After a few more short sentences, this man proceeded to tell me that he was impressed that my helmet fit in a side case but his wife wants to buy herself a Harley so she probably won't have them.
He was a couple fries short but I think he was trying to be nice and just didn't get it, lol!
A lot of the Harley Riders I know ride or used to ride dirt. Some of them also have duelsports. So they "get it." Many of them ride year round unless it is snowing or ice is on the roads. We laugh at the guys that go into the shop to get their preseason service done They cannot figure out why their new batter went dead when they have not road the bike in three months
Motorcycles are like tools. No one single tool will do every job in the garage, and neither will one motorcycle.
Harley makes a great, comfortable, mile eating machine. They have a very valid purpose in the world of motorcycles, and while I don't own one at the moment, I'm definitely not opposed to adding one to the arsenal in the future. I've met more than a fair share of HD owners who really knew motorcycles, and had been stacking miles on various two-wheelers for decades. I like these riders.
However, HD's marketing department does a great job of selling a lifestyle, not actually riding. It is unfortunate, because it attracts a lot of mouth-breathers to the brand, so much so that these idiots are starting to define the brand. Sadly, it is also this type of HD owner that tends to make this thread.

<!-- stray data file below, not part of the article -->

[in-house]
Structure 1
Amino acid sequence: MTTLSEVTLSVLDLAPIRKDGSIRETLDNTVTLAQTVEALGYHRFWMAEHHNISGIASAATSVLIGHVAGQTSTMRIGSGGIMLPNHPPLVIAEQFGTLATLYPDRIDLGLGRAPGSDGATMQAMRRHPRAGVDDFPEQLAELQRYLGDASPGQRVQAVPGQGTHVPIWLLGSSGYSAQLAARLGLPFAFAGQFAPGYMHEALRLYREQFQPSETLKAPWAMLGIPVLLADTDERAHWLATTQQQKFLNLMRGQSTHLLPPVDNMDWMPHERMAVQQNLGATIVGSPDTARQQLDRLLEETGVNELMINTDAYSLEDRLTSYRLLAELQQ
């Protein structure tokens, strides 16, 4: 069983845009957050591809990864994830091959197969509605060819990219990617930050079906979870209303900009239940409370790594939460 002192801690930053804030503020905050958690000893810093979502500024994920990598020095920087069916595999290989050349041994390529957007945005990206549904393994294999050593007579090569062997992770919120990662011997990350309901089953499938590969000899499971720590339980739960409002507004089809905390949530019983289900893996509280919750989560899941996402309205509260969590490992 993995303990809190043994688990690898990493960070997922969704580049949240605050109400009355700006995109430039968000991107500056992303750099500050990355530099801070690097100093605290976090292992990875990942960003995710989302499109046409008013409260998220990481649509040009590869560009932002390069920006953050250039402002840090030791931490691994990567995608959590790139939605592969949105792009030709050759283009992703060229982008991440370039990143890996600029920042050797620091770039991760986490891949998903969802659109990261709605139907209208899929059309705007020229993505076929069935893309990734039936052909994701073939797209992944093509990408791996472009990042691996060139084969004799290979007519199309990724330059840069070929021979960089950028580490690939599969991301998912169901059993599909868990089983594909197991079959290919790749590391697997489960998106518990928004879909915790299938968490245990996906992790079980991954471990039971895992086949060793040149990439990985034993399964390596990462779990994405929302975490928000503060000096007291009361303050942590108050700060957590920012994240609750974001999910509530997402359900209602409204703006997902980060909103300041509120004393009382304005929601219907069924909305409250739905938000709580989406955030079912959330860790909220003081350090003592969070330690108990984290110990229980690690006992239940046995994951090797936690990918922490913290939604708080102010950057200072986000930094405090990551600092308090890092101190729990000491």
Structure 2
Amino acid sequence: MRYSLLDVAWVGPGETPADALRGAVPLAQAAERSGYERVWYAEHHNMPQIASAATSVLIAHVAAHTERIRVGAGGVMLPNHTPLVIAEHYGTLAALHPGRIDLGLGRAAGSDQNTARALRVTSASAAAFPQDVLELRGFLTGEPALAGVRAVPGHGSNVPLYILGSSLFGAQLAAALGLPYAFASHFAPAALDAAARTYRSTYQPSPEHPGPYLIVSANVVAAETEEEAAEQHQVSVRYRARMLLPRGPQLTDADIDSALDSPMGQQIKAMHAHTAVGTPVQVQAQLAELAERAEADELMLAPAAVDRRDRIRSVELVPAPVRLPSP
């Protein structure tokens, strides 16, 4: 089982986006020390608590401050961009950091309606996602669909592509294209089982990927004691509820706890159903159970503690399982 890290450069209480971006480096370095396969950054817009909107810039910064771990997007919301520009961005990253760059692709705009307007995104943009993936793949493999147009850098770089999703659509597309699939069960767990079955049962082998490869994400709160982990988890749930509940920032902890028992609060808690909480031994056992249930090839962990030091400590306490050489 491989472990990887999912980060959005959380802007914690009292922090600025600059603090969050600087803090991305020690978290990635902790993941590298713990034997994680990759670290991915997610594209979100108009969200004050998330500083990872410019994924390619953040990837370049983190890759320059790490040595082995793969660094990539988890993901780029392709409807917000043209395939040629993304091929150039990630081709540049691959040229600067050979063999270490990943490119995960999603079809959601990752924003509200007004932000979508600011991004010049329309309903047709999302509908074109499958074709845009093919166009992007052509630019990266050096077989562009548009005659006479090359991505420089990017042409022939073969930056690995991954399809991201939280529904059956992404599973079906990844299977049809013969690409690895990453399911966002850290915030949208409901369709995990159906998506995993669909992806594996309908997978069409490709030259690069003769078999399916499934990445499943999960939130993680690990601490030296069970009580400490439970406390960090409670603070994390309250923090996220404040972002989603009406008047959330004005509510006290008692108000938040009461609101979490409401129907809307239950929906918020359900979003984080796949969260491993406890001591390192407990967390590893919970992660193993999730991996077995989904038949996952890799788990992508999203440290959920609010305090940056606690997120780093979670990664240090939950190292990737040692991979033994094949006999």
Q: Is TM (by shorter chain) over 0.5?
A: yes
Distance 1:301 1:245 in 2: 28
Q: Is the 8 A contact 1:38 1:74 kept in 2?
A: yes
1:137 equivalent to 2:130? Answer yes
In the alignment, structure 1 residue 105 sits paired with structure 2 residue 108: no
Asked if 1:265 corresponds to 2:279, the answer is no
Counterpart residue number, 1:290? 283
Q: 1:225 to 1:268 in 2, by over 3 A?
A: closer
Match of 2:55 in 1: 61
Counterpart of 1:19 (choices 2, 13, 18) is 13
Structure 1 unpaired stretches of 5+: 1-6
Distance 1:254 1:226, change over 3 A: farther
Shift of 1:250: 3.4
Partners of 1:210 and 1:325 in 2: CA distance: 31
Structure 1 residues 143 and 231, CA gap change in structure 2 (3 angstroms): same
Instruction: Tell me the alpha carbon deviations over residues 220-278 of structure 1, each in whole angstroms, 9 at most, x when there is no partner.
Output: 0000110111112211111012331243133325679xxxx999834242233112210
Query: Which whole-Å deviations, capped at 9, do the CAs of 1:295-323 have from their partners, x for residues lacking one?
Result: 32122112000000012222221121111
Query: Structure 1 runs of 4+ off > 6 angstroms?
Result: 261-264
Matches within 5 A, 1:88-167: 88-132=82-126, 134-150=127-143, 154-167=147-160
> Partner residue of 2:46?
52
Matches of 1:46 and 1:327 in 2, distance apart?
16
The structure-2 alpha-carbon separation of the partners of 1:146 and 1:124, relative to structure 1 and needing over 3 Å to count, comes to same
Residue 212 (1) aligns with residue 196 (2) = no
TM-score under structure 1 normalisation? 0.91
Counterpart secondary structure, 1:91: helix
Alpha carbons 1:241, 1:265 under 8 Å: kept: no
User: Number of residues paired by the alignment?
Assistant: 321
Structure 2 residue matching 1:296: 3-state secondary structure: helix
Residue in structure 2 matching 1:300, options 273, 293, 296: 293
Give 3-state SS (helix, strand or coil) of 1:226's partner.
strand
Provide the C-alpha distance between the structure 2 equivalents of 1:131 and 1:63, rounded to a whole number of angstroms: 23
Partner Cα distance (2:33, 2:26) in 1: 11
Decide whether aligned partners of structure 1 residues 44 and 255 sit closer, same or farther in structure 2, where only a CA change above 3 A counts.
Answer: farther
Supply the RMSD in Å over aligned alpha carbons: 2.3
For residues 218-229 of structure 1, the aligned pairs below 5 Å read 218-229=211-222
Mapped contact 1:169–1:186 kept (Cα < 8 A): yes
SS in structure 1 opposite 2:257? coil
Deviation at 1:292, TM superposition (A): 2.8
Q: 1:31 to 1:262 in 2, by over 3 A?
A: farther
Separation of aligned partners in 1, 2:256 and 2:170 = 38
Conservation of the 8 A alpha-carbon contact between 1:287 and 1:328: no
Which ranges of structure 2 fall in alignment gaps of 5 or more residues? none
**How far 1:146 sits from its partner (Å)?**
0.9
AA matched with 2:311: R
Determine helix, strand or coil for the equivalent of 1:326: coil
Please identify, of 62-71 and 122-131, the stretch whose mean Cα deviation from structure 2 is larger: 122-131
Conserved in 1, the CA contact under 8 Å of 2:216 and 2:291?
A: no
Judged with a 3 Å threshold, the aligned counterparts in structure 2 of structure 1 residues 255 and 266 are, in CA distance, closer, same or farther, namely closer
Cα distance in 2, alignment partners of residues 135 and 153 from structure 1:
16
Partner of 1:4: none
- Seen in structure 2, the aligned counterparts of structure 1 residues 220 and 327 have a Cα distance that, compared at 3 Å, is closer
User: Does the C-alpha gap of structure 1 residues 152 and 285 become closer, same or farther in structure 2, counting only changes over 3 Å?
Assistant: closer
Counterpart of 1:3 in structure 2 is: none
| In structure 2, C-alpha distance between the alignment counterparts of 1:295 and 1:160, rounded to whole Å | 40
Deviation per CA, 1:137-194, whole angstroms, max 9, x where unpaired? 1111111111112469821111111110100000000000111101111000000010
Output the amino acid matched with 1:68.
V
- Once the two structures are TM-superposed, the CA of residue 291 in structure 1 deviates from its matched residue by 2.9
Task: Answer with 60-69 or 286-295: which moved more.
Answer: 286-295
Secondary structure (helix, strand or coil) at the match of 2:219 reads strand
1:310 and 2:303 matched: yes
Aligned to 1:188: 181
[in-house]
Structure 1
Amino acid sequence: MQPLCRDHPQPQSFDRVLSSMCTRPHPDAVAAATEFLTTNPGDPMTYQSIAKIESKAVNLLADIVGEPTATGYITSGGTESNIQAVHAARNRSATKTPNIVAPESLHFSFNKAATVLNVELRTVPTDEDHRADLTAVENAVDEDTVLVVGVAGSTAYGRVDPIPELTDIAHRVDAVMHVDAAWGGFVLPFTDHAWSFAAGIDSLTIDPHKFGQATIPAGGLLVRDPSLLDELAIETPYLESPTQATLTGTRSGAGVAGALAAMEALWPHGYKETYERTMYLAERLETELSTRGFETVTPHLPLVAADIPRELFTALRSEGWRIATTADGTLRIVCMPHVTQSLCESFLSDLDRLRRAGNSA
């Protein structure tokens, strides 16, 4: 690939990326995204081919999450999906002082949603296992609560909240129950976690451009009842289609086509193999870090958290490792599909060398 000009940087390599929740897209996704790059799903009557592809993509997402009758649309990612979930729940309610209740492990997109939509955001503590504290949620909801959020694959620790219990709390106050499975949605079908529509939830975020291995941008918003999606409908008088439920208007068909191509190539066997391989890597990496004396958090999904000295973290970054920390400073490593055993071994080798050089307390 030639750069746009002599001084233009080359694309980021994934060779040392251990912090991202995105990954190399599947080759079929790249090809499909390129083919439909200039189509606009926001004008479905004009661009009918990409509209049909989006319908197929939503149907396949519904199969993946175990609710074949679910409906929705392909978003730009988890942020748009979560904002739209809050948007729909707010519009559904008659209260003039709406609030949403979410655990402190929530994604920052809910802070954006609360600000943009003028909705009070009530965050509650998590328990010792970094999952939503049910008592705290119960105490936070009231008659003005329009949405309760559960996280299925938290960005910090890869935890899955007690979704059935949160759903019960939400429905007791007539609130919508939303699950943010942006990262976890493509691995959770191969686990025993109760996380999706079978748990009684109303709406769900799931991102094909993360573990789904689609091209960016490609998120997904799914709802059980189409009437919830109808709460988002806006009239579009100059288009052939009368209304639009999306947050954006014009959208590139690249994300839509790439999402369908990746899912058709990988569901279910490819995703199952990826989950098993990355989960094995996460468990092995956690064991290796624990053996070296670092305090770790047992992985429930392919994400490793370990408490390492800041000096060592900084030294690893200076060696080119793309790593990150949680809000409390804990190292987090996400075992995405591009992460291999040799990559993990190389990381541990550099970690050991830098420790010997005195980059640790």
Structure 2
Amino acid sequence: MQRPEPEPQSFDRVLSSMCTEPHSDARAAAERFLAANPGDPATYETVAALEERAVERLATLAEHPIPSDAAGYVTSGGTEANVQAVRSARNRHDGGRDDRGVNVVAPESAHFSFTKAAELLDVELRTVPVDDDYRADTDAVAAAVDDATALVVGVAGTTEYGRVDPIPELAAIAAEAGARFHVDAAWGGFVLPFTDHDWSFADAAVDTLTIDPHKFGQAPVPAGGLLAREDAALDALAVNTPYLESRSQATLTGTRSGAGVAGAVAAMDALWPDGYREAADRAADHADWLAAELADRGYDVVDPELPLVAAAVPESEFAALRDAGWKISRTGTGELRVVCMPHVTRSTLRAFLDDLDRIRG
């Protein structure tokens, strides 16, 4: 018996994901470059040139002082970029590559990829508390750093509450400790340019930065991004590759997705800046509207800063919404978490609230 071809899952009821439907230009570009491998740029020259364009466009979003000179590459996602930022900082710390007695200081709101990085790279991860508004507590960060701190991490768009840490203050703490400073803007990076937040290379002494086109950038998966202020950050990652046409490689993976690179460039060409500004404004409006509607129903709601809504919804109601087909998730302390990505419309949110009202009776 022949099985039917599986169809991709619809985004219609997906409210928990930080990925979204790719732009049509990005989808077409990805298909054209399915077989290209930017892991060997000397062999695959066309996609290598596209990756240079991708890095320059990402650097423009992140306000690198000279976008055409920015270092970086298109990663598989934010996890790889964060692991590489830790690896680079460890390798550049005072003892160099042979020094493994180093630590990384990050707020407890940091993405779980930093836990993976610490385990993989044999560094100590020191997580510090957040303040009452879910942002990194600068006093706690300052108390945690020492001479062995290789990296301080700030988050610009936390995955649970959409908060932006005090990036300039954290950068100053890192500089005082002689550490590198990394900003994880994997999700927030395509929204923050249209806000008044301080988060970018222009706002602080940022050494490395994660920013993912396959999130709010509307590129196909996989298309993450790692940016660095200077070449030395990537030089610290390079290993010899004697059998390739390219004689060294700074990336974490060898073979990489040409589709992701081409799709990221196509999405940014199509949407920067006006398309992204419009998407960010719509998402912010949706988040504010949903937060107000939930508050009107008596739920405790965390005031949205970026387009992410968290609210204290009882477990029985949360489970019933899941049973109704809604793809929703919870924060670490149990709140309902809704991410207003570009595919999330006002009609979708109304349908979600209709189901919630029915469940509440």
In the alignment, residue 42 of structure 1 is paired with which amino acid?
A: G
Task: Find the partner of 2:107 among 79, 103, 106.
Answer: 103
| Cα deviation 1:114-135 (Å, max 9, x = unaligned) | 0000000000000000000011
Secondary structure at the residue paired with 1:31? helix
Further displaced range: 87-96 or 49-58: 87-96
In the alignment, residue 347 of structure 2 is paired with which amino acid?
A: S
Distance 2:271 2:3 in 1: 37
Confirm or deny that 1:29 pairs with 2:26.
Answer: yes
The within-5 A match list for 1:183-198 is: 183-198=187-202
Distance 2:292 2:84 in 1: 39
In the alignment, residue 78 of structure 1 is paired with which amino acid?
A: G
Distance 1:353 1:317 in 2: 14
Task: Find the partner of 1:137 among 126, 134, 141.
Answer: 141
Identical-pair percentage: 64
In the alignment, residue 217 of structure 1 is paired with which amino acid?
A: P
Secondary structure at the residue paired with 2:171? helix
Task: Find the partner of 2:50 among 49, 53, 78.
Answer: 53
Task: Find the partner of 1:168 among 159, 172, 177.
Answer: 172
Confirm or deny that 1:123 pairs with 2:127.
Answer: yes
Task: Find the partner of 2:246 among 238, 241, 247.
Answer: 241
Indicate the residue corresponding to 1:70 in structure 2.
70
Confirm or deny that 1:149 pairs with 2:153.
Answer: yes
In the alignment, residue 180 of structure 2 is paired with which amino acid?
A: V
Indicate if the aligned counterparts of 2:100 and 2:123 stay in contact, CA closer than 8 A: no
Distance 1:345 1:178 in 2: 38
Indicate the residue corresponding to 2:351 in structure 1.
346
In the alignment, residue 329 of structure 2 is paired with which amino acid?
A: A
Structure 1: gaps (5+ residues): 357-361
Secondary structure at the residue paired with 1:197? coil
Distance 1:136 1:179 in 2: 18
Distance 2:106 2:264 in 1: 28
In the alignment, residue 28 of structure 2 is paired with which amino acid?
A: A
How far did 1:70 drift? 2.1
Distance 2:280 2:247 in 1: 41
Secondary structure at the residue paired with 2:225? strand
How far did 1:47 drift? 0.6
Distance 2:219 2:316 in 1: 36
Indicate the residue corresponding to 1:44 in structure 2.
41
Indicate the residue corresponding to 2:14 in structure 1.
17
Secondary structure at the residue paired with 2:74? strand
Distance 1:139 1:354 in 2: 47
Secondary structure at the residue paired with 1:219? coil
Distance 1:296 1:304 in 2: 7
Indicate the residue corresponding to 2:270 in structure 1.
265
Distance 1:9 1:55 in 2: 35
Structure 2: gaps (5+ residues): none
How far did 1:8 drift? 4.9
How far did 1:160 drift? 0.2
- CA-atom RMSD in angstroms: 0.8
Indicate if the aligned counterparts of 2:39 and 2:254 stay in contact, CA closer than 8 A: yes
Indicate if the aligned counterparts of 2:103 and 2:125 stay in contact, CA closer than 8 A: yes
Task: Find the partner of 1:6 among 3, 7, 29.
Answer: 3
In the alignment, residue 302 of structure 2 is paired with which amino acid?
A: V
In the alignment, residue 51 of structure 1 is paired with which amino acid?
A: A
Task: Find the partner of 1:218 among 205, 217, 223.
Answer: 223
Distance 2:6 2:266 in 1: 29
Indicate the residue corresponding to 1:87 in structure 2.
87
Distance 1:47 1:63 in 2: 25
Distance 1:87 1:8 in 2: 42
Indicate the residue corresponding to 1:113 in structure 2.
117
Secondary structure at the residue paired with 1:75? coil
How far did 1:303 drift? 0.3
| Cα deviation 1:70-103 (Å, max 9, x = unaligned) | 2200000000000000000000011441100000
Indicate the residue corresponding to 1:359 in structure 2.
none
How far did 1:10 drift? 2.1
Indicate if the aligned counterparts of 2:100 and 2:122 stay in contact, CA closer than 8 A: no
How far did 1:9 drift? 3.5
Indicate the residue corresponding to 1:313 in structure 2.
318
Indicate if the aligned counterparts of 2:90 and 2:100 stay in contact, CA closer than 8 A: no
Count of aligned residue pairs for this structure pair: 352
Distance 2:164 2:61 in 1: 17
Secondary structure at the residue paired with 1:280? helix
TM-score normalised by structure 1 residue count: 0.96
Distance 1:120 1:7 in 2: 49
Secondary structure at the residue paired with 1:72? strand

Riding Donkeys I agree with you and it is unfortunate. But most of the HD riders I know are riders and they do not care for the "pirates" either. Some of them are in the local clubs and they really laugh at some of the "pirates." Most of the ones I have talked to have told me it does not matter what you ride as long as you ride. That is what they are concerned with, you actually ride and do not just talk about it. And I have found out it is hard to keep up with someone on an HD who knows how to ride it.
Agreed on all counts.
I was riding through Rogers, MI today, a small town right on Lake Huron. Passing by an O'Reilly's Auto I remembered I needed oil, so in I go. My outfit consists of a hi-viz jacket, hi-viz hit-air vest, motorcycle pants and my boots. Just across from the window is where I parked my bike. This conversation takes place as I am purchasing 2 litres of motorcycle oil.
Cashier: Wow, you are dressed very bright.
Me: Yeah, I prefer to be seen.
Cashier: Are you going boating?
Me: Um, no riding a motorcycle
Cashier: Oh that red one in front of the window?
Cashier: Nice bike.
Really, now can you confuse motorcycle gear for boating gear - especially when I am purchasing motorcycle oil.
In their defense, Rogers City is a boating / fishing community.
Are you suggesting that boaters and fishermen are not very bright?!!?
The store clerks in those towns arent.
This morning I got out of my tent. The older guy camping across from me said. "I always wanted to do that but she would not let me."
I said she kicked me out years ago.
I get a lot of that with the tent, and bed roll strapped to the rear rack.